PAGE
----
LGBTQ volunteers form Texas Local Disaster Recovery Squad.
By Lourdes Zavaleta
Buried in an East Downtown neighborhood, a red-brick house doubles as a nonprofit distribution site to help those impacted by Tropical Storm Harvey. Since late August, the volunteers stationed there have been reconstructing homes and delivering supplies to families who lost everything.
The Texas Local Disaster Recovery Squad (TXLDRS), which has dubbed itself the “lesbian mafia,” is dedicated to assisting those who received no federal aid after Harvey’s destruction. The squad’s story began with the rising floodwaters in Houston and two boats delivered by an LGBTQ activist from Dallas.
Like many others, Houston Fire Department captain Iris Rodriguez was at a viewing party for the boxing match between Floyd Mayweather and Conor McGregor on August 25 when Harvey began to drench Houston.
Rodriguez left the party at the home of her friend Melissa Vivanco early so she could be at her fire station the next day. After assisting with several rescues while on duty, she met up with Vivanco again, devastated. “It was terrible,” Rodriguez says. “I was exhausted, and I knew that we were going to have to work for about four years just like this to get Houston back to where it once was.”
Vivanco, a UPS worker and political activist, wanted to join her friend and help the city. She put together teams of women to help set up shelters and go out into the floodwaters to rescue people trapped in their homes. The women knew their rescue efforts would be more effective if they had boats. They took to Facebook, and within minutes a friend of Rodriguez’s told her that a woman in Dallas had two boats that would be dropped off in Houston.
Karen McCrocklin, an LGBTQ author and spokesperson, was over 200 miles away, witnessing Harvey’s destruction online. She learned about Rodriguez’s team through a mutual friend. After borrowing the boats from a friend, McCrocklin began planning the trip to Houston. Before she left, she asked her friends for supplies and created a GoFundMe page to accept donations. “I didn’t think she would actually come,” Rodriguez says. “Sure enough, the following morning, I got a call saying someone left two boats and supplies outside of the fire station. I had no idea who this lady was. I was like, ‘Who is this crazy woman?’”
After dropping off the boats at the station, McCrocklin drove all night to evacuate a friend to Austin before heading back to Dallas. She has continued to collect donations and make weekly trips to Houston to deliver them and work on reconstruction with TXLDRS. As of mid-September, her GoFundMe had raised over $25,000.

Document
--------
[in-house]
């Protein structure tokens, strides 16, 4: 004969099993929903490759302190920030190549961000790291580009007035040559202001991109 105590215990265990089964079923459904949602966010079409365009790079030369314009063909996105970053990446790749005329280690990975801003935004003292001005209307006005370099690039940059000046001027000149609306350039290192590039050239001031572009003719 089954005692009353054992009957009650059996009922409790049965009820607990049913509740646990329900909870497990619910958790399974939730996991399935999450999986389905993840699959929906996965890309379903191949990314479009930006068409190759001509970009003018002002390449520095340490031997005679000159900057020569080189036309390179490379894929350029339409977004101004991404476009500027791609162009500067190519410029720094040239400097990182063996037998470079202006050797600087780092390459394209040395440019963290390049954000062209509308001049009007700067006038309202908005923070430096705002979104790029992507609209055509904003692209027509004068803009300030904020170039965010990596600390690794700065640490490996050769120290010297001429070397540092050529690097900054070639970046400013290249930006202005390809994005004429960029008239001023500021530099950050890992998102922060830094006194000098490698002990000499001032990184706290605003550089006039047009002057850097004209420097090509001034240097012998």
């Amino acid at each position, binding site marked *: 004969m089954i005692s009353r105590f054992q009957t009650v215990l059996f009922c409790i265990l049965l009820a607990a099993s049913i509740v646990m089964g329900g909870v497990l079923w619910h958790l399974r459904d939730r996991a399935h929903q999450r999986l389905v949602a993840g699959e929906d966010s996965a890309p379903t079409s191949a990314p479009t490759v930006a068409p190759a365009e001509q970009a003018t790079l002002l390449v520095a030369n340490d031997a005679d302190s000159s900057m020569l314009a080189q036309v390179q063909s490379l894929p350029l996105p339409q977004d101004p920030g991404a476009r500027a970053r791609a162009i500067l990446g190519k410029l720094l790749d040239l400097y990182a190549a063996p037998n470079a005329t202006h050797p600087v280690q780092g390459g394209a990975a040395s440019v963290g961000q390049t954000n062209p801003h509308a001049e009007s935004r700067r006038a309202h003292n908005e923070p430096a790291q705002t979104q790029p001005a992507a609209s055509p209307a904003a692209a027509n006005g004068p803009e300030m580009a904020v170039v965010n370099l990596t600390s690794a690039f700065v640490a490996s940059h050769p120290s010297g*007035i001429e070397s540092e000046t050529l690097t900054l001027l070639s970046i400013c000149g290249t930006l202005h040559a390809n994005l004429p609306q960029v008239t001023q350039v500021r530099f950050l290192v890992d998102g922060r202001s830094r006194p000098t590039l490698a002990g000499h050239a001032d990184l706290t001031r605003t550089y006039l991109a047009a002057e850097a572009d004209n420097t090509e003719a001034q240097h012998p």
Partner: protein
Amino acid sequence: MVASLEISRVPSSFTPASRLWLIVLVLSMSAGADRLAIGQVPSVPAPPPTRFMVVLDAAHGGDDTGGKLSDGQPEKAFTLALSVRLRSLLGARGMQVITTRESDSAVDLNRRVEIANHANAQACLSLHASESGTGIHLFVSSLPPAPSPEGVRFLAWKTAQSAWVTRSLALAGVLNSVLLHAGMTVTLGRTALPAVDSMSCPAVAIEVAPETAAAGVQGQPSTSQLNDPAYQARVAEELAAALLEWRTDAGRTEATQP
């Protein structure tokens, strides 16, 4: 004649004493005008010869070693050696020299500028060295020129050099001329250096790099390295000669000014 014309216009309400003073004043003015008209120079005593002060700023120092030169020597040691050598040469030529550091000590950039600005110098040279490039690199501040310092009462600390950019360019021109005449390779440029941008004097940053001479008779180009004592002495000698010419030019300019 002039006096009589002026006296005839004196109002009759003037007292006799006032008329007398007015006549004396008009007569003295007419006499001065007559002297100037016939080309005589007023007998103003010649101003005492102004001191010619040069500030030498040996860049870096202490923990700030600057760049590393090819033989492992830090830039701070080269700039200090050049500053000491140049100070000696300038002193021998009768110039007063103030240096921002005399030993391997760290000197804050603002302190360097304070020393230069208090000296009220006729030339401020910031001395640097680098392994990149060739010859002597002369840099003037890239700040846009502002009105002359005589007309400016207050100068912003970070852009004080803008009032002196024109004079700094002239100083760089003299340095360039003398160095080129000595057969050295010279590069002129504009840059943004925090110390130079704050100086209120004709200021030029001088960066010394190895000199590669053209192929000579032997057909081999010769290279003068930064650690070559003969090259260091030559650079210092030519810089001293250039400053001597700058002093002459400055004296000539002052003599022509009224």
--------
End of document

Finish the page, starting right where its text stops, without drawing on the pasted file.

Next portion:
“I’m sure that they thought I was nuts,” McCrocklin says. “But I’m incredibly grateful that I have the time, the resources, and great friends from all over the world who have pitched in.
“I’m so fortunate to have been raised in a culture of people who care, and to have been involved in organizations that taught me how to make change effectively,” McCrocklin adds. “LGBTQ people know how to get things done.”
With the boats, TXLDRS headed toward northeast Houston. There, they rescued over 30 families, many of whom were living in one-story homes that had up to seven feet of water in them.
After the flooding cleared, the team went back to the same neighborhoods to start rebuilding. They went door-to-door to find elderly and disabled people who were unable to travel to distribution points for aid. Several of them were living in toxic environments, their walls and floors covered in mold and rot. To clear homes of water damage, they removed carpets, sheetrock, and sprayed mold retardant on the walls. Seven homes have been reconstructed by the team since mid-September.
Rodriguez says that the life experiences that all LGBTQ people share is what makes her team so willing to help Houstonians in need. “Caring for people is a part of our being,” Rodriguez explains. “It’s our fabric. We live this every single day, and we don’t know any differently.”
Vivanco says that the interconnectedness of the LGBTQ community has helped her and Rodriguez find volunteers and sponsors. “LGBT people are always activists,” Vivanco says. “So when it comes to getting supplies, we have contacts everywhere.”
Rodriguez says that the future of TXLDRS lies with the collaborations it is making with other organizations. The Houston Democratic Party has been referring volunteers and people with damaged homes to the group. The LIFE Association, a Texas-based not-for-profit organization, donated $5,000 in gift cards. Houston’s Pearl Bar and BakerRipley, the large community-development nonprofit, have also partnered with TXLDRS to help rebuild the headquarters of Sheltering Arms Senior Services.
TXLDRS has also set up a Facebook page for those who need assistance or want to help the group’s cause.
“What these women do is inspiring,” McCrocklin says. “They have built this great organization, and it all started with a Facebook post about a boat.”
This article appears in the October 2017 edition of OutSmart Magazine.